Immigration lands on 2017 Suburban Mosaic topic list
The Suburban Mosaic Book of the Year program started 14 years ago to promote cross-cultural understanding through literature, amid the changing face of suburban communities.
As the book selection committee of librarians and teachers releases its list of titles for the 2017-18 school year, organizer John Brennan said he believes the mission of the group is especially important in today's political climate.
"People talked about the importance of diversity when we started out with this thing. That's kind of an easy word. What we really need to face out here in the suburbs is racial justice," said Brennan, of Mount Prospect. "Apparently diversity is under attack. In a way, this kind of reading program is as timely as ever."
The program invites readers to read and discuss up to six books that deal with issues of racial and social justice. Some two dozen libraries and school districts in Cook and Lake counties are involved in the program. Libraries sponsor book discussion groups, and schools have put the books on student reading lists and encouraged teachers to use them in the classroom.
With the national debate about immigration growing louder, two of the titles on this year's list address the topic.
"Lucky Boy" by Shanthi Sekaran is the committee's adult reading selection. The novel follows a Mexican immigrant along her journey across the border, and how her child eventually ends up in the care of a married couple in California that can't have children.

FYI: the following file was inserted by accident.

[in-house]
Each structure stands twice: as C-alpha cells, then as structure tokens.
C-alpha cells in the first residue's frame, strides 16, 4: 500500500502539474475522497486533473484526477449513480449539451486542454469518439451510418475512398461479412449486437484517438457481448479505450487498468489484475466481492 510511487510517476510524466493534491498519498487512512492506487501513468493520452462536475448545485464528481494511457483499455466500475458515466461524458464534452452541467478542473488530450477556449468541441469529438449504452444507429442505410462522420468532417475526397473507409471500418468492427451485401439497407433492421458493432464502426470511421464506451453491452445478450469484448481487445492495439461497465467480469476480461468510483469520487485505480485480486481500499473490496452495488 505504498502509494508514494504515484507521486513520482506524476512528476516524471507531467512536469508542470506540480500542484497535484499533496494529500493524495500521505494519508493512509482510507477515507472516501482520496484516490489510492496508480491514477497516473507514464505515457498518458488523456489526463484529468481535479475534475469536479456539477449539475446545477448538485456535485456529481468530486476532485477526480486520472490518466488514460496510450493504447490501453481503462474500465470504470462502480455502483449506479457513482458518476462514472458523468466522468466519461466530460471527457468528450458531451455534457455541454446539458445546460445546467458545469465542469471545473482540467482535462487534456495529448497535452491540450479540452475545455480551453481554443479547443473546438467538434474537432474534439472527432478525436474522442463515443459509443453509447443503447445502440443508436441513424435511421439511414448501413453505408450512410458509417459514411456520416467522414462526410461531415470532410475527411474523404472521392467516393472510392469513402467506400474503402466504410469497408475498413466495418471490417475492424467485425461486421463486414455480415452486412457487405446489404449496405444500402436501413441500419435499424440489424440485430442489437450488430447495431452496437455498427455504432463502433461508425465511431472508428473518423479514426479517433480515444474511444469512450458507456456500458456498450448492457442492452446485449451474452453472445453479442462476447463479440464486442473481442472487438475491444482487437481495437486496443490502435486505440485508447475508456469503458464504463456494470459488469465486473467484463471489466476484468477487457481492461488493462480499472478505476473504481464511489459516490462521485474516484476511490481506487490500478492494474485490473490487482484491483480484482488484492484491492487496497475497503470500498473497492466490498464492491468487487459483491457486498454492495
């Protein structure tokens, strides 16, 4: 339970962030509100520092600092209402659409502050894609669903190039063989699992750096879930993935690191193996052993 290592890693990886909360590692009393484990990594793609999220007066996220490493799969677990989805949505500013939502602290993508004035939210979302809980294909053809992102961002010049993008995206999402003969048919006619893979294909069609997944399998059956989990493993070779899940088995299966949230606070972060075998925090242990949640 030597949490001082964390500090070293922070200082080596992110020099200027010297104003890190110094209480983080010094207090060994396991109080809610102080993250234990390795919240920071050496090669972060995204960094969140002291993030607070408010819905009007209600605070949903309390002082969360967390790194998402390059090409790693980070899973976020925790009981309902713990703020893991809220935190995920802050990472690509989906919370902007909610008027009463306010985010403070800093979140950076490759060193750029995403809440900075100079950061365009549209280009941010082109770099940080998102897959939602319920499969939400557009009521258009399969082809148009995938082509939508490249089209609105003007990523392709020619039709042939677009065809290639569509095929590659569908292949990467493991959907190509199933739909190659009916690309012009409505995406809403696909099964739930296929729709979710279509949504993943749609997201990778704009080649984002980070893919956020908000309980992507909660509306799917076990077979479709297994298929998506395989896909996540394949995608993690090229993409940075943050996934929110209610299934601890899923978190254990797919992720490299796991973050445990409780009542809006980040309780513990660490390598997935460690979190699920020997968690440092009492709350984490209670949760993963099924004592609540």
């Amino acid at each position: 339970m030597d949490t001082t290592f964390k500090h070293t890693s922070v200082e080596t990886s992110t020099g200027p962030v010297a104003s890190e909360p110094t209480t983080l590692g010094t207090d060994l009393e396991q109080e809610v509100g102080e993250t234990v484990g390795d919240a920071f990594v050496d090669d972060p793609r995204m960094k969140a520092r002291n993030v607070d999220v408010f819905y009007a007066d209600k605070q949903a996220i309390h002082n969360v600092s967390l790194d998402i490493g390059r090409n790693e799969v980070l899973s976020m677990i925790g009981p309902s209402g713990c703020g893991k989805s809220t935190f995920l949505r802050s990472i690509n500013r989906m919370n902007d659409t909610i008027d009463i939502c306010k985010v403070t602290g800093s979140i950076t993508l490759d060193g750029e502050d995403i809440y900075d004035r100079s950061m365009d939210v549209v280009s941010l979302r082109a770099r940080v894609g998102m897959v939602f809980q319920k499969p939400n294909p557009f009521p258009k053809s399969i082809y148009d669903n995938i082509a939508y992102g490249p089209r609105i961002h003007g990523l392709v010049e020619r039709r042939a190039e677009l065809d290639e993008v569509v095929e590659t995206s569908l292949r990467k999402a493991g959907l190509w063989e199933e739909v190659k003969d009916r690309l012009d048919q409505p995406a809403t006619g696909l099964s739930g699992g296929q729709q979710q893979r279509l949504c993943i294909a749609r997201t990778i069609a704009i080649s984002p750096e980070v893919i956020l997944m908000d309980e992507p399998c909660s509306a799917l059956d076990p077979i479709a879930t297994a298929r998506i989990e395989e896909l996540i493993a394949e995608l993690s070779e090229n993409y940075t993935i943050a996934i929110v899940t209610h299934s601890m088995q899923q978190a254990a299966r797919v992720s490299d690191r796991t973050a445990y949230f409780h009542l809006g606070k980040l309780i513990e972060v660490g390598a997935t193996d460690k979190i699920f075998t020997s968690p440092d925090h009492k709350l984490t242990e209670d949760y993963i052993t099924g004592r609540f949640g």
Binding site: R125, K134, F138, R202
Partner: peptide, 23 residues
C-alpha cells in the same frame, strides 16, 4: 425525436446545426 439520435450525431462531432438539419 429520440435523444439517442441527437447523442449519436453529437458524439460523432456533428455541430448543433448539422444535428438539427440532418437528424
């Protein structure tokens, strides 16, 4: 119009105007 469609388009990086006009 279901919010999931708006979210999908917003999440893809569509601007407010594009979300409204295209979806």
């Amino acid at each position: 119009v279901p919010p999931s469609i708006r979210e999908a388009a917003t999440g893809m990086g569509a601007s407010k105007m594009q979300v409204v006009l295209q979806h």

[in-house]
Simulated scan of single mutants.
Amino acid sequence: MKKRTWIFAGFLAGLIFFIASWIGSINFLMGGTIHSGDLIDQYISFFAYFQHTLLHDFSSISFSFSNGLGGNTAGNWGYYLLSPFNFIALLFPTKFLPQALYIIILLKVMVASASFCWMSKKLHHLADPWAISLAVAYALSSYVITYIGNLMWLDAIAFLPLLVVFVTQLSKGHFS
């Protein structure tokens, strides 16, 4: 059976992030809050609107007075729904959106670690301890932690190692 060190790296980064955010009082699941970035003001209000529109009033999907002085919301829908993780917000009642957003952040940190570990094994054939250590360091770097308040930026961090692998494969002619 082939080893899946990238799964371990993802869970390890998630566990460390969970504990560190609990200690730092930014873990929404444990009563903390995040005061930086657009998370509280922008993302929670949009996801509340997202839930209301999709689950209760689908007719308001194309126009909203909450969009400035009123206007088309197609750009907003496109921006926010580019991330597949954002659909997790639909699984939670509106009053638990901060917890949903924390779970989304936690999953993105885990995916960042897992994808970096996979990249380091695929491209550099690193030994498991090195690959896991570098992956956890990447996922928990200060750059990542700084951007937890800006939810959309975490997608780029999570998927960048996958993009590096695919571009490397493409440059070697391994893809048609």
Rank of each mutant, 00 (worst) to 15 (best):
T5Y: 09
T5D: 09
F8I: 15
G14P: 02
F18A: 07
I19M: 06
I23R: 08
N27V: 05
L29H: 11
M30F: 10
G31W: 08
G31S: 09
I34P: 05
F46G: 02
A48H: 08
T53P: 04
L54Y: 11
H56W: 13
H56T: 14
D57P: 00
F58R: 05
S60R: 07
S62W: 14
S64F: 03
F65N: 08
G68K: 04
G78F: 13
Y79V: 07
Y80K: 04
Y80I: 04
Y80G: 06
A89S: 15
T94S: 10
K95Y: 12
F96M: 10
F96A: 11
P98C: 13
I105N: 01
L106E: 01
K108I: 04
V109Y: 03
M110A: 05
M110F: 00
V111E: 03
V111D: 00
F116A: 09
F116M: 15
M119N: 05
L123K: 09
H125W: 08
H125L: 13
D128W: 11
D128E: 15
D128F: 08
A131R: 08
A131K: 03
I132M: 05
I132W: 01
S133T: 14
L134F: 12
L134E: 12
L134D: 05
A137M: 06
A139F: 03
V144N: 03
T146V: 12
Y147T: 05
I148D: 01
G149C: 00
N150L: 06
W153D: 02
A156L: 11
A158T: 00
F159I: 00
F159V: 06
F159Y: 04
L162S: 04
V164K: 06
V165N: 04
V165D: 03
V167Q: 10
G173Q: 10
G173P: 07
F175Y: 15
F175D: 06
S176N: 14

The book chosen for students in grades 1-2 is "We Came to America," by Faith Ringgold. It details the many groups that have immigrated to the United States over its history.
"Immigration is a common topic, and things keep popping up," said Adelaide Rowe, head of youth services at the Elk Grove Village Public Library, and a member of the book selection committee.
Other titles this year are: "The Water Princess," by Susan Vette (preschool); "Save Me a Seat," by Sarah Weeks and Gita Varadarajan (grades 3-5); "Ghost: Running For His Life or From It?" by Jason Reynolds (middle school); and "March: Book Three," by congressman John Lewis, Andrew Aydin and Nate Powell (high school).
Rowe said despite the complex topics addressed in the Suburban Mosaic books over the years -- such as racism, religion and mental illness -- the selection committee aims to choose books that are readable.
Librarians will be ordering this year's selections soon, while schools are planning to have the books by fall.
All of the books going back to 2004 are still available at the Elk Grove Library, Rowe said.
For more on the program and lists of previous years' titles, visit suburbanmosaicbooks.org.